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Ustad Imrat Khan - Lalita

Posted By MiOd On 7:56 AM 0 comments
The great Imrat Khan is one of the last living masters of this bass sitar, and this solo performance is devoted to his specialty, 'Alap' and 'Jor and Jhala' played on surbahar on raga 'Lalit'. For nearly an hour he patiently unfolds this early morning raga note by note to a stirring climax.
Lalita is a fifty some minutes rendition of the Late night Raga Lalit, normally performed between 4 a.m. and Dawn. It's a very elusive, almost unwieldy Raga; It's ragamala representation is that of a lover, leaving his mistress in the first light of dawn, trying not to wake her. If you are looking for a deeply sensual, yet at the same time mystical mood, this version of Lalit will be an excellent choice.

Ustad Imrat Khan, seniormost exponent of the Imdadkhani Gharana
(tradition) gives an awesome and adept version of Lalit on the
Surbahar (bass-sitar) only, there is but the Alaap, Jhor and Jhalla,
speaking of which it is perhaps the most beautiful Jhor and
Jalla I ever heared in Indian Music. Recorded by the puristic and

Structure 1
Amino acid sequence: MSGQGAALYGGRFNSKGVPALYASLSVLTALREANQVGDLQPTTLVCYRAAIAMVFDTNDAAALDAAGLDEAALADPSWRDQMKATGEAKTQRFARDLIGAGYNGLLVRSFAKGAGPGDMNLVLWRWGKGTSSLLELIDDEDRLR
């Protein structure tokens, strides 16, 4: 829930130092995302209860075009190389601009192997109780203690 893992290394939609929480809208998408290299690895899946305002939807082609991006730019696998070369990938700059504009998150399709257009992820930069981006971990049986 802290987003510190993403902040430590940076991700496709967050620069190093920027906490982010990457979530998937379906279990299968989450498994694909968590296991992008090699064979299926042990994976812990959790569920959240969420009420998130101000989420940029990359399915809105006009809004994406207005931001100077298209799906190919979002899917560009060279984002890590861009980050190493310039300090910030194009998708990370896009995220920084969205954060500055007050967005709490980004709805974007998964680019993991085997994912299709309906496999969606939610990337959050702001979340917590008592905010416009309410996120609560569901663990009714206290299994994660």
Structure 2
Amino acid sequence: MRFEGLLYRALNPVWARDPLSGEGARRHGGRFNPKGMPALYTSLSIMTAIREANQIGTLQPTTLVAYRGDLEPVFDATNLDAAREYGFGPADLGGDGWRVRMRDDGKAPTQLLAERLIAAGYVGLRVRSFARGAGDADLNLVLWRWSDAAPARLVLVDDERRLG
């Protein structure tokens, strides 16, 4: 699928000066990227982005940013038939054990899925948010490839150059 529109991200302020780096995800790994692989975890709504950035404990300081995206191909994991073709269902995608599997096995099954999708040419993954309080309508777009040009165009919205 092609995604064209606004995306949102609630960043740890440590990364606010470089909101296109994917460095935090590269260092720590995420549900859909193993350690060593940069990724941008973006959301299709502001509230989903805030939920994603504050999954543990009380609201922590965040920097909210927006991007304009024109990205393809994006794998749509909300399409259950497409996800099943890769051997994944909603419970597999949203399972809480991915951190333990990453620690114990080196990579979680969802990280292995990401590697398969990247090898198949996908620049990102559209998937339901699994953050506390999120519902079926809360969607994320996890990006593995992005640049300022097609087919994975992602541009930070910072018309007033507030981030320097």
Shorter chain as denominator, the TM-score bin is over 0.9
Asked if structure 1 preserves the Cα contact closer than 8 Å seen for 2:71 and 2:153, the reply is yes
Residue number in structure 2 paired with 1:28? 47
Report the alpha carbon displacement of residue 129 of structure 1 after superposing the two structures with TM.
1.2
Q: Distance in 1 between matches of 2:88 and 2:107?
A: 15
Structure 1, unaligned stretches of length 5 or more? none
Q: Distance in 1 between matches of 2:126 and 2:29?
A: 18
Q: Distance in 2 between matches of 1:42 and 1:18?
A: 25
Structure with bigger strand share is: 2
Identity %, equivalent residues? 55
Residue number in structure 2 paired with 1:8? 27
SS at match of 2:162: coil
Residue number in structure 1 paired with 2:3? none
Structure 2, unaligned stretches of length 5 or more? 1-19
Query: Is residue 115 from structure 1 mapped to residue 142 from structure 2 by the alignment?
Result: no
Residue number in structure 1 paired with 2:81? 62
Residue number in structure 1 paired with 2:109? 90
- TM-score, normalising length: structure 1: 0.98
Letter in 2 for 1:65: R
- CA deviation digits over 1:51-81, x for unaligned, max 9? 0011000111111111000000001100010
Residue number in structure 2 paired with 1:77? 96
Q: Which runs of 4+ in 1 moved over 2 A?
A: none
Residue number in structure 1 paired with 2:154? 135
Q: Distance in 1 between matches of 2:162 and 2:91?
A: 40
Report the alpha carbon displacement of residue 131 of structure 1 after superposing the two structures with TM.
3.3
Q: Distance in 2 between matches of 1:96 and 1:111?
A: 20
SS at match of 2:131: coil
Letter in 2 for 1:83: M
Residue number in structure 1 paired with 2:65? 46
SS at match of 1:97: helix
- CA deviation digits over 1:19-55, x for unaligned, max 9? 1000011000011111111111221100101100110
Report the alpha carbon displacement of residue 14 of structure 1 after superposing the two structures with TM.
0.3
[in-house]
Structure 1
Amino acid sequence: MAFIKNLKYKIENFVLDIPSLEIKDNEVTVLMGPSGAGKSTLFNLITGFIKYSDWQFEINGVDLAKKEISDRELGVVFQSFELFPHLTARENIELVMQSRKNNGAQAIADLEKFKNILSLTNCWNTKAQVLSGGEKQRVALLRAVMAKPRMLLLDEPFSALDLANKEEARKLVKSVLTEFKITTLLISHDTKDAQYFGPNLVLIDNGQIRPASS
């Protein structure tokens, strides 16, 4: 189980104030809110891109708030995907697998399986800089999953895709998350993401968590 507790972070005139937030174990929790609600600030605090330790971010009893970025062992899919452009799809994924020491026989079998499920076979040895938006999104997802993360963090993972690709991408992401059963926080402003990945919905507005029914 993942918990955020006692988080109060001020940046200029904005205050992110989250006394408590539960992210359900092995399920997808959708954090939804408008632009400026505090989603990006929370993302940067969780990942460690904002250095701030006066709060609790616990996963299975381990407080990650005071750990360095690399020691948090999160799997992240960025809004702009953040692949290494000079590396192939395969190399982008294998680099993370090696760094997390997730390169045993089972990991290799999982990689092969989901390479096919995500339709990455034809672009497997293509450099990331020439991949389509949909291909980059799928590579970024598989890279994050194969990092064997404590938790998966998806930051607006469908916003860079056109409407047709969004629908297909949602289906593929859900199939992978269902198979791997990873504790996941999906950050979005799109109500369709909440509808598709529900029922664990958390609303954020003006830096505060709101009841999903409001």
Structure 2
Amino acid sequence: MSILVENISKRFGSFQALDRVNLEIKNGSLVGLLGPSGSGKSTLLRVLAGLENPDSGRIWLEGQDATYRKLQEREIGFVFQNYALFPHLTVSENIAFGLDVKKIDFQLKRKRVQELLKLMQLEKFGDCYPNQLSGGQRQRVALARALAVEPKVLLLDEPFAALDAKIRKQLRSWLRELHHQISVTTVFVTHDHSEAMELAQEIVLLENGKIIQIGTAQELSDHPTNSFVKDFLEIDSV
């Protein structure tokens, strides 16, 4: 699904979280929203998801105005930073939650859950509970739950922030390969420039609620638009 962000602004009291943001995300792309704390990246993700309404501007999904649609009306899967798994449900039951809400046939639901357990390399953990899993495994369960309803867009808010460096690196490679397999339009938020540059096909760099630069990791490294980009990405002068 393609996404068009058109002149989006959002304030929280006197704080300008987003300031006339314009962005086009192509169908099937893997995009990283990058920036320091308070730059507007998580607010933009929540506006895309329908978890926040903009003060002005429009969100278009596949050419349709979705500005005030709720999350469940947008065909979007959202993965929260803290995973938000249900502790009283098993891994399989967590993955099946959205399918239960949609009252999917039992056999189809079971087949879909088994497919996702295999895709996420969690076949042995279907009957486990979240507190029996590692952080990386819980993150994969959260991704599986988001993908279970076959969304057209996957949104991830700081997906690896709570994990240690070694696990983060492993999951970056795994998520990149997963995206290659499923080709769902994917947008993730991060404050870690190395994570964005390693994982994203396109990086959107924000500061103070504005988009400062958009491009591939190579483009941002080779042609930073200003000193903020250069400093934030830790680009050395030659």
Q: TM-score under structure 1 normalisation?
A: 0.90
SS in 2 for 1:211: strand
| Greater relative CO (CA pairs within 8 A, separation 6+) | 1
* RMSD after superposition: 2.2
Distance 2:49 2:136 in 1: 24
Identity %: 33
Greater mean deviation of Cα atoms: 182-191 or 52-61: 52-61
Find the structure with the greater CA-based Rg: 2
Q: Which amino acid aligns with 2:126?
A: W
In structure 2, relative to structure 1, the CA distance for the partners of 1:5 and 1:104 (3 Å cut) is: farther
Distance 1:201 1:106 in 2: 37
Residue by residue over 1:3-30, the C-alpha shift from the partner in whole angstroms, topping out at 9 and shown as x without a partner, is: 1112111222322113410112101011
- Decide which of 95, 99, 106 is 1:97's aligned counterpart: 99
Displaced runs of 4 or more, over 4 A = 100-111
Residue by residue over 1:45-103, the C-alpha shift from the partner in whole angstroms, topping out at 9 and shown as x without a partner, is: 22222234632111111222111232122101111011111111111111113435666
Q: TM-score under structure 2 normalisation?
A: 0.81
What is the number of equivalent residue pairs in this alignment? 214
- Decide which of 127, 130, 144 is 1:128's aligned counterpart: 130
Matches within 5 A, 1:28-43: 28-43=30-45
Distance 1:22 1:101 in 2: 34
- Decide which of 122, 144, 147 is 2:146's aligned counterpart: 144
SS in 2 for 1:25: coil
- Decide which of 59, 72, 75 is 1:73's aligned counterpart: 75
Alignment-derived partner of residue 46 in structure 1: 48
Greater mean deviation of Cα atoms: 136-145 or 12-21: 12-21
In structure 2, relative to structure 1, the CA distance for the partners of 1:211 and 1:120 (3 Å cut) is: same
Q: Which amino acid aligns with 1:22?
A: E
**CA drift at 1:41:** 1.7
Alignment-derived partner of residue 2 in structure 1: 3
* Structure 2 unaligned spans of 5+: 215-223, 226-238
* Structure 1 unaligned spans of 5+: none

dedicated label of Water Lily acoustics, which uses tubegear
to record in a church- this production captures every subtle
vibration and ambiance of the Ustad's heartwrenching playing in a
warm and etheric atmosphere.

Yes, heartwrenching - as this is not your run of the mill 'new age
feel good spacey music, this is very serious and deepfelt devotion
expressed through one of the highest art forms in the world. I cannot
claim to know a lot of versions of Lalit; Hariprasad Chaurasia,
Ram Narayan, Tejendra Majumdar and Shujaat Khan are all landmark
recordings. But this one brings something else to the surface,
something more primal and deep, as if it is played from within the raga...

Lastly, do not be discouraged by the other reviewer's disappointment,
listening to indian music is a very subjective endeavour, dependent
on mood, time of day, quality of your set up, etc. I can't but highly
recommend a recording which does not aim to please, yet is a masterful and very emotional venture into the depths of a very uncanny Raga.

1. Alap
2. Jor And Jhala

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Balaban - Lieder aus Azerbaidjan

Posted By MiOd On 4:12 AM 0 comments
Balaban
Lieder aus Azerbaidjan, 1999
Track Listings
--------------
(01). Vorspiel & Tut agaci (instr.)
(02). Gaytarma
(03). Anzeli hecaz
(04). Alagöz
(05). Kücalara
(06). Sayhani
(07). Tut agaci (vocal)
(08). Gafgazi
(09). Lezginka
(10). Nazli
(11). Anacan
(12). Lezginka
(13). Beri bah

Recorded Live, 1984

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Nusrat Fateh Ali Khan - Rapture

Posted By MiOd On 3:30 AM 0 comments
In terms of emotion, prowess and mesmeric power, there is no equal to the voice of the legendary qawwali singer Nusrat Fateh Ali Khan. The proof is on this hypnotic collection, 'Rapture' which celebrates and remembers his unique talents.